Checking on the chart directly above and opposite my face, Visual inspection with acetic acid (VIA) was negative for cervical cancer. I then dipped another cotton swab on an applicator stick into Lugol’s iodine and repeated the same procedure. This time I was gentle. I almost jumped from my seat as I asked the nurse to come and see the yellow color indicating positive for cervical cancer. She visualized and truly, the color change was yellow but it was attributed to the fact that the lady was just from her monthly periods.
That was it! I had done it despite a few medical ethic malpractices. I rectified them in the second, third and fourth lady. I walked out of the screening room the Arnold Schwarzenegger way after conquering a war in Hollywood. I was met by the shuddering frames of my colleagues who were yet to do their bit.
Out of the 20 screened women that day, four were found to be with cancer of the cervix. It was the saddest thing that day too to break the news to them.
Cervical cancer is characterized by a malignant tumor at the cervix, in the lowermost part of the uterus. It is prevented by screening and more recently, the Human Papilloma Virus vaccine that is quite costly. Most cervical cancers are caused by longstanding infection with one of the human papillomaviruses. Abstinence for the unmarried, regular screening for the married and acquisition of the HPV vaccine are the core ways to tackle the issue.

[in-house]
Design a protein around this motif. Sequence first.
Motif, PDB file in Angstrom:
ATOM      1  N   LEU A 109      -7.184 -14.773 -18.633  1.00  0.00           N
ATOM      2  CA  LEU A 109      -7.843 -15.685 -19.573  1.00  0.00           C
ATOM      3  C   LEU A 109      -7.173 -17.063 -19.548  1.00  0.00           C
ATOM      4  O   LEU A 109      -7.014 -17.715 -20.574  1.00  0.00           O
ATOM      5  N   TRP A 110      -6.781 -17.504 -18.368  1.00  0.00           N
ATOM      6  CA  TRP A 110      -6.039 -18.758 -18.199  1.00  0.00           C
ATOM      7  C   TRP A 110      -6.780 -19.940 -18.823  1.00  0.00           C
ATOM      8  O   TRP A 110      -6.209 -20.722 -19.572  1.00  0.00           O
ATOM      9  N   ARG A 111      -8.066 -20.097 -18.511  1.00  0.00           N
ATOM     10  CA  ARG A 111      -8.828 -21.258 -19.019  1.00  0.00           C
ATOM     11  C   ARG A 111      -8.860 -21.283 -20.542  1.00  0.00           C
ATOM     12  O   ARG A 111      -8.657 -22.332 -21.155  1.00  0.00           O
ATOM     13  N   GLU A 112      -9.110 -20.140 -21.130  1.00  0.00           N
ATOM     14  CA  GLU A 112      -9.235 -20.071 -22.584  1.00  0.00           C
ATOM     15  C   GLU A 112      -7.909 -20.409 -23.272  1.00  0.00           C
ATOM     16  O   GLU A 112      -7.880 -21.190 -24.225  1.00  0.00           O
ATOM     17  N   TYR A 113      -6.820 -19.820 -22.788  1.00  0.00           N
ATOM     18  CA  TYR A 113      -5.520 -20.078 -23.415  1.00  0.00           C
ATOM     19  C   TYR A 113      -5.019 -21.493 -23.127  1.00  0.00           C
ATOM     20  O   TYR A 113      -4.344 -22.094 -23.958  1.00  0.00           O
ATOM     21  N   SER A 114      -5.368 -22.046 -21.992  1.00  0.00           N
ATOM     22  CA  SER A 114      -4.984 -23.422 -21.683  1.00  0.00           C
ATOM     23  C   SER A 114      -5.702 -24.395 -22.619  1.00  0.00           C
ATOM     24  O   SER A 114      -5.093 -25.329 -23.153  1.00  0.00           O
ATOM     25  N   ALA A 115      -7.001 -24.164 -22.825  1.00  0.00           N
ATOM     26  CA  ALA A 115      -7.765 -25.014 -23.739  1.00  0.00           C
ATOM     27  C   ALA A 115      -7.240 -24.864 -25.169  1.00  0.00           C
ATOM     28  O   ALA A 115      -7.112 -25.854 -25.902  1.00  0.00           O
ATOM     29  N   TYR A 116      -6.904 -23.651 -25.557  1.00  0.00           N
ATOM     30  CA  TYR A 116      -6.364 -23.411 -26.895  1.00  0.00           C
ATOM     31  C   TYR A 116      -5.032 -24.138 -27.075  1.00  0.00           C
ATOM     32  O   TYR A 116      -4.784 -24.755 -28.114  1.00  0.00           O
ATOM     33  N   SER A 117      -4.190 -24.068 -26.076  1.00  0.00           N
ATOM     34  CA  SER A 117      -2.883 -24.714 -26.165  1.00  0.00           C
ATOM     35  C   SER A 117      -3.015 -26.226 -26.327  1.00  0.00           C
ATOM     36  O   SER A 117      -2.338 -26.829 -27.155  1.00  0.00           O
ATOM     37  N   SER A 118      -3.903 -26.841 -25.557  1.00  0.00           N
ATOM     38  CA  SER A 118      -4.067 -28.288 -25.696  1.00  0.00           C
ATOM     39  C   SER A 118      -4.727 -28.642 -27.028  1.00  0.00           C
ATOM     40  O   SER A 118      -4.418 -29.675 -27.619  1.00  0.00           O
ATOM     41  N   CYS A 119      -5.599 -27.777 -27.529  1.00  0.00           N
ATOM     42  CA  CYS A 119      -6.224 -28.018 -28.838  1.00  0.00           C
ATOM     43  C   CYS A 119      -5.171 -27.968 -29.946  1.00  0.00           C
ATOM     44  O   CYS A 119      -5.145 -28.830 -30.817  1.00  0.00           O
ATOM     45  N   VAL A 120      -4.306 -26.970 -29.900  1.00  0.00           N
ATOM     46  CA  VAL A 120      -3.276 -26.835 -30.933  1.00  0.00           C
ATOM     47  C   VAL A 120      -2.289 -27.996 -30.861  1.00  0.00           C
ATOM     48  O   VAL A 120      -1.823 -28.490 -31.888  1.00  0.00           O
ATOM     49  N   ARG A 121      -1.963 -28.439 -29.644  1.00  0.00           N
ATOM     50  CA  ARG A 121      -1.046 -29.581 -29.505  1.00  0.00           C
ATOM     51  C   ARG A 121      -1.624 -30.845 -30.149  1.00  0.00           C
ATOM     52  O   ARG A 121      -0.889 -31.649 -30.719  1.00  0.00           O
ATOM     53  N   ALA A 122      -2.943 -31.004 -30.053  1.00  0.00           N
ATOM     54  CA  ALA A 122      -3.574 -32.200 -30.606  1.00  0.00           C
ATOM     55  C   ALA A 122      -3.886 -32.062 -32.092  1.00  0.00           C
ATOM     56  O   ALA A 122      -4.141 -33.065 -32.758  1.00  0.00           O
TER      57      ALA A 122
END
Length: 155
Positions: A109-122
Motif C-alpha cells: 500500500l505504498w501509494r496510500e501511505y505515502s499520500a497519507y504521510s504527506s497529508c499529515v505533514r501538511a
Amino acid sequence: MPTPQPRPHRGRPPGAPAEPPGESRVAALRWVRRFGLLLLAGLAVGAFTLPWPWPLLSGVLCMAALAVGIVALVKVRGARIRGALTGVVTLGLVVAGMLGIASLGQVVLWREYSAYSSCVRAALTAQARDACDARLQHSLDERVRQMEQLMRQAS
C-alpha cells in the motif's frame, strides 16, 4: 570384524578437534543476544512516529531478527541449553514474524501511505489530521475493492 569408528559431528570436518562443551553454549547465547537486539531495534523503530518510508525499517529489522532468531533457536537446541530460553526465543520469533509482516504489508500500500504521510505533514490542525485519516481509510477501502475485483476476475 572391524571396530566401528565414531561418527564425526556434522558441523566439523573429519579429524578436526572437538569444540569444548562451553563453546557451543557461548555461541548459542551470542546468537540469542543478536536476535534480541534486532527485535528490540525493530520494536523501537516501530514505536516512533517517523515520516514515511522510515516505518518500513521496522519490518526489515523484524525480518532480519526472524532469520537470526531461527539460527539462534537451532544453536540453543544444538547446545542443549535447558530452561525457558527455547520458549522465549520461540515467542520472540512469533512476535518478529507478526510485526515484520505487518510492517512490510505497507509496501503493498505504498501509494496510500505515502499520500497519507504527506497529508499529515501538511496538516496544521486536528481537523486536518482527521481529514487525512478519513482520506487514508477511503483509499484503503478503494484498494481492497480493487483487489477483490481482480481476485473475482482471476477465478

- Pain during sexual intercourse or in the pelvis
- Abnormal menstruation, heavy menstruation, irregular menstruation or spotting.
- Abnormal vaginal bleeding or abnormal discharge
- Also common are fatigue, nausea, and weight loss
Cervical cancer is the feministic foe that ought not to take away the ladies in our lives or the ladies we associate with.
“Cancer happens. It is always pink. For many women, it is teal and white. No one likes talking about their cervix. Boobies are much more fun. However, the more we share, the more we become aware of it. Cervical cancer is not a stigma. It is real and it kills. I will gladly discuss my cervix to save a life.” – The Teal Ladies.